- The Democracy Integrity Project, a nonprofit that receives funding from George Soros, paid firms tied to Fusion GPS and Christopher Steele more than $3.8 million in 2017.
- Tax filings show that The Democracy Integrity Project provided its research to “government entities.”
- The group’s founder, a former staffer for Dianne Feinstein, has described it as a “shadow media organization” that helps the government.
A nonprofit group partially funded by billionaire activist George Soros paid firms tied to Fusion GPS and dossier author Christopher Steele more than $3.8 million in 2017 to provide research and analysis to “government entities,” according to IRS filings.
The payments made by The Democracy Integrity Project are more than three times what the DNC and the Clinton campaign paid Fusion GPS and Steele during the 2016 presidential campaign to investigate Donald Trump’s possible ties to Russia.
Perkins Coie, the law firm that represented the DNC and Clinton campaign, paid $1 million to Fusion GPS in 2016 to investigate Trump. Fusion GPS in turn paid Steele, a former MI6 officer, nearly $170,000 for a project that resulted in the infamous Steele dossier.
Steele’s report, which alleged a “well-coordinated conspiracy” between the Trump campaign and the Russian government, has come under intense scrutiny in the wake of the special counsel’s findings in the 22-month Russia probe.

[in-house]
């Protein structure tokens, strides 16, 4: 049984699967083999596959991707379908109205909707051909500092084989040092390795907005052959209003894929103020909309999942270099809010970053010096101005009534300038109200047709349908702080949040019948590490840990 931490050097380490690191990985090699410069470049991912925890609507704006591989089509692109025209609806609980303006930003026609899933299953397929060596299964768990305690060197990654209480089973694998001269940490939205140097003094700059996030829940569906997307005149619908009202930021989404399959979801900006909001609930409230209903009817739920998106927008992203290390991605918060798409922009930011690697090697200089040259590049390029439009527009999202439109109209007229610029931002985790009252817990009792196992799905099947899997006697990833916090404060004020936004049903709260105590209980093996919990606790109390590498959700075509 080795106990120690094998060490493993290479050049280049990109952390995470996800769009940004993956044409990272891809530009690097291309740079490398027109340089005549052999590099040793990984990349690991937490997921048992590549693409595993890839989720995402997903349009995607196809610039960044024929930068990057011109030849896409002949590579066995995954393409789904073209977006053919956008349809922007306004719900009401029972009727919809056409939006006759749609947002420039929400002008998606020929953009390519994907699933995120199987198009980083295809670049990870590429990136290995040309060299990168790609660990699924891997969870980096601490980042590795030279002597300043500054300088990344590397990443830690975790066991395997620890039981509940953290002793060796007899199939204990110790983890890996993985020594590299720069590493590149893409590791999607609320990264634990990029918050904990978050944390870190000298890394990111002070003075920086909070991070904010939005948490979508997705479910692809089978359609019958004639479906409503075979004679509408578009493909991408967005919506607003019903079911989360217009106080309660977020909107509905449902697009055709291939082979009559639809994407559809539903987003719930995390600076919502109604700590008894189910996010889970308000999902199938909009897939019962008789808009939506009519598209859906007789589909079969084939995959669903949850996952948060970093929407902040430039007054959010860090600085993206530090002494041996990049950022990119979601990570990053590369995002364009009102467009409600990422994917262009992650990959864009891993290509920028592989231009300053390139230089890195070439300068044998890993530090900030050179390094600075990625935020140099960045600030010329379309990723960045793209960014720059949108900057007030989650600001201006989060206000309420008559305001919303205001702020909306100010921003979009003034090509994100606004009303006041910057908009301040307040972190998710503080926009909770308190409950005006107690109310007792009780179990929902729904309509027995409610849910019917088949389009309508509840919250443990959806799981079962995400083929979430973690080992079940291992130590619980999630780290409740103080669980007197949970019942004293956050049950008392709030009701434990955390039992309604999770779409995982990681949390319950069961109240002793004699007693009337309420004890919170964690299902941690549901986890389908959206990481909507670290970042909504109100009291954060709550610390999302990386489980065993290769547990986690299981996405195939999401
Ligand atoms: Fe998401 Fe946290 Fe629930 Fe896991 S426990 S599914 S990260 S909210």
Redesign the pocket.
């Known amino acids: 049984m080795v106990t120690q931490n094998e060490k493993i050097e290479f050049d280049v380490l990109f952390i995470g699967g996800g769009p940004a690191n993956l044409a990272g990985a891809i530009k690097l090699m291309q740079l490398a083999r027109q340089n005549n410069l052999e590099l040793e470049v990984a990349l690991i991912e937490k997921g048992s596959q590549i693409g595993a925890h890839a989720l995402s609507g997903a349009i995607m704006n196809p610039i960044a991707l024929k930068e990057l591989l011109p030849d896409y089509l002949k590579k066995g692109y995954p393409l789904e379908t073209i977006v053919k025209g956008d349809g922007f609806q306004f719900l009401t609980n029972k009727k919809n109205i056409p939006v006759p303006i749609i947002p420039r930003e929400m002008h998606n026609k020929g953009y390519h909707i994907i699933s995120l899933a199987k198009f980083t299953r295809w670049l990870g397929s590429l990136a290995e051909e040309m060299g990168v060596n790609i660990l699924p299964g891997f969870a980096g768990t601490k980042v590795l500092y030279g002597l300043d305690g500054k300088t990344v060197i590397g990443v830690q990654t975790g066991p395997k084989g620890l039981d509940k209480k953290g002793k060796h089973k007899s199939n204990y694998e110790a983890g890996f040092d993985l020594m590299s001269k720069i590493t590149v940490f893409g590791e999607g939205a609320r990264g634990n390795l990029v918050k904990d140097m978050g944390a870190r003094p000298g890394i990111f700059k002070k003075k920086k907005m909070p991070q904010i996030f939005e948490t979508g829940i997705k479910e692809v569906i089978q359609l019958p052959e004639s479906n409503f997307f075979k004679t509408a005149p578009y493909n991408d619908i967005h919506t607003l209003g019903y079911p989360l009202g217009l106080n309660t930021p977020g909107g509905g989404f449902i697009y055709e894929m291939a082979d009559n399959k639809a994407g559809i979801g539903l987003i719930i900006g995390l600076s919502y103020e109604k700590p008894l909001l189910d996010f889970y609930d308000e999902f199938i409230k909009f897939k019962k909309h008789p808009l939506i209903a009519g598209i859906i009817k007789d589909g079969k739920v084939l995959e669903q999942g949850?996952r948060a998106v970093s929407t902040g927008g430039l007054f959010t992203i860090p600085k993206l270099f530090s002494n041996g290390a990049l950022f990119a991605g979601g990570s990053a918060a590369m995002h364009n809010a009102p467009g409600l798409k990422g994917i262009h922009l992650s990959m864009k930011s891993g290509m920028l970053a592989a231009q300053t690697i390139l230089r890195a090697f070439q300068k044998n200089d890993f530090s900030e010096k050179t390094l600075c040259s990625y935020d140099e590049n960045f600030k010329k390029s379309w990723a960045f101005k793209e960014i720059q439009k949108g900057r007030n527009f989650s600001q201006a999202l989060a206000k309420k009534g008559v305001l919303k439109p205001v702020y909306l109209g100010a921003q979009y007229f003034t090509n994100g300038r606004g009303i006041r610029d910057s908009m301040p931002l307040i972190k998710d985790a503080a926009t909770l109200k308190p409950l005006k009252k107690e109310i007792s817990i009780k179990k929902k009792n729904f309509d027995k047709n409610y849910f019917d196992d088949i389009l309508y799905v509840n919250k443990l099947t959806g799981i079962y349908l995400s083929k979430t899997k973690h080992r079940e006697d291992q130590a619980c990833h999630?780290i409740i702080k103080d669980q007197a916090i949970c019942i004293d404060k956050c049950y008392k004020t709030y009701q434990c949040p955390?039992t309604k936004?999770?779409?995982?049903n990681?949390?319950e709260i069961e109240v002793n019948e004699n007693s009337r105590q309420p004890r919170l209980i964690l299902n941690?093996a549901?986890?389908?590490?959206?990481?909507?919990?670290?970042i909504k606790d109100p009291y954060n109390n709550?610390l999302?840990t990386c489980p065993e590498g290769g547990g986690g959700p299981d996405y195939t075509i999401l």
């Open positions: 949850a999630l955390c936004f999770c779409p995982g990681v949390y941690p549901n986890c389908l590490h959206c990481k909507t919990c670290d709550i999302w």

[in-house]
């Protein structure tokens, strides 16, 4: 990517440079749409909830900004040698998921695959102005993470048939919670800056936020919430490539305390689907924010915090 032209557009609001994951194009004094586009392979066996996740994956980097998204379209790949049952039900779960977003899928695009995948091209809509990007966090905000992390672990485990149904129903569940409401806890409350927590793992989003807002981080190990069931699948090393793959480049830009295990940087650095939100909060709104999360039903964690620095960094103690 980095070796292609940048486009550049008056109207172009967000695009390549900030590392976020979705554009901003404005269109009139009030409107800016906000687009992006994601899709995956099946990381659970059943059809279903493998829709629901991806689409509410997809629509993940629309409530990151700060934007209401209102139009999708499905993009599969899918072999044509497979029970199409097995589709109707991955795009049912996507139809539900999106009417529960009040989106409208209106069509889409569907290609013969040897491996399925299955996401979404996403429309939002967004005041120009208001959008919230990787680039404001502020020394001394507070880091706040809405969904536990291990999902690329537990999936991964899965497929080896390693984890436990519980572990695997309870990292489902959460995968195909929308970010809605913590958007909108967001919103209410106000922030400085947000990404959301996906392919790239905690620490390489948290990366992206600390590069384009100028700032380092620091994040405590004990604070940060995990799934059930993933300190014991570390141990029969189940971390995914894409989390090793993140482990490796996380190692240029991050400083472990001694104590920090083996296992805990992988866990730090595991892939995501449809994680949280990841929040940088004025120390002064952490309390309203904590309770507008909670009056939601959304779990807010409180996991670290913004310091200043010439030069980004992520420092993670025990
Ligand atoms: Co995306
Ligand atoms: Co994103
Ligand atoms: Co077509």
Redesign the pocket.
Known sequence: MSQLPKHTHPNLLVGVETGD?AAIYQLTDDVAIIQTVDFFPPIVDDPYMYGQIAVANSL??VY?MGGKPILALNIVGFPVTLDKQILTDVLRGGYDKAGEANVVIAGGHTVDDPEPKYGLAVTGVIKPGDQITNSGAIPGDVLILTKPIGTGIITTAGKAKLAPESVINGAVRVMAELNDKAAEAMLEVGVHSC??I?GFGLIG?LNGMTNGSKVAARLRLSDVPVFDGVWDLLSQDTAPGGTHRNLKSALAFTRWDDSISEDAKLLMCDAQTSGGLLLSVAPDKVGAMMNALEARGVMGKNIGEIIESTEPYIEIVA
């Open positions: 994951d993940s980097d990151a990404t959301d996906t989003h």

Daniel J. Jones, a former staffer to California Democrat Sen. Dianne Feinstein, founded TDIP on Jan. 31, 2017, seemingly to resume Democrats’ investigation of Trump’s possible links to Russia.
Jones operated what he called a “shadow media organization helping the government” to investigate Russian meddling in the 2016 election. He also told the FBI in March 2017 that he received funding from a group of between seven and 10 wealthy donors and that he planned to provide information to federal investigators, the press and lawmakers.
TDIP’s tax filing confirms some aspects of what has been reported about the group.
The group planned to work with a “network of experienced organizations and individuals” to gather information on foreign actors’ efforts to interfere in democratic elections around the world,” according to TDIP’s 2017 form 990, which is listed in a database maintained by ProPublica,
TDIP also says it provides “original, credible, and fact-based information” to a variety of organizations, including “government entities.”
The 990 form lists five separate independent contractors, including four that provided “research consulting,” and one law firm, Zuckerman Spaeder.
The group paid $3.3 million to Bean LLC., the holding company that controls Fusion GPS. Another $250,000 was paid to Walsingham Partners Ltd., a London-based firm owned by Steele and his partner, Christopher Burrows.
TDIP paid another London-based intelligence firm called Istok Associates Ltd. nearly $150,000, also for “research consulting.” The company has released investigative reports looking into whether Russia helped fund the Brexit campaign.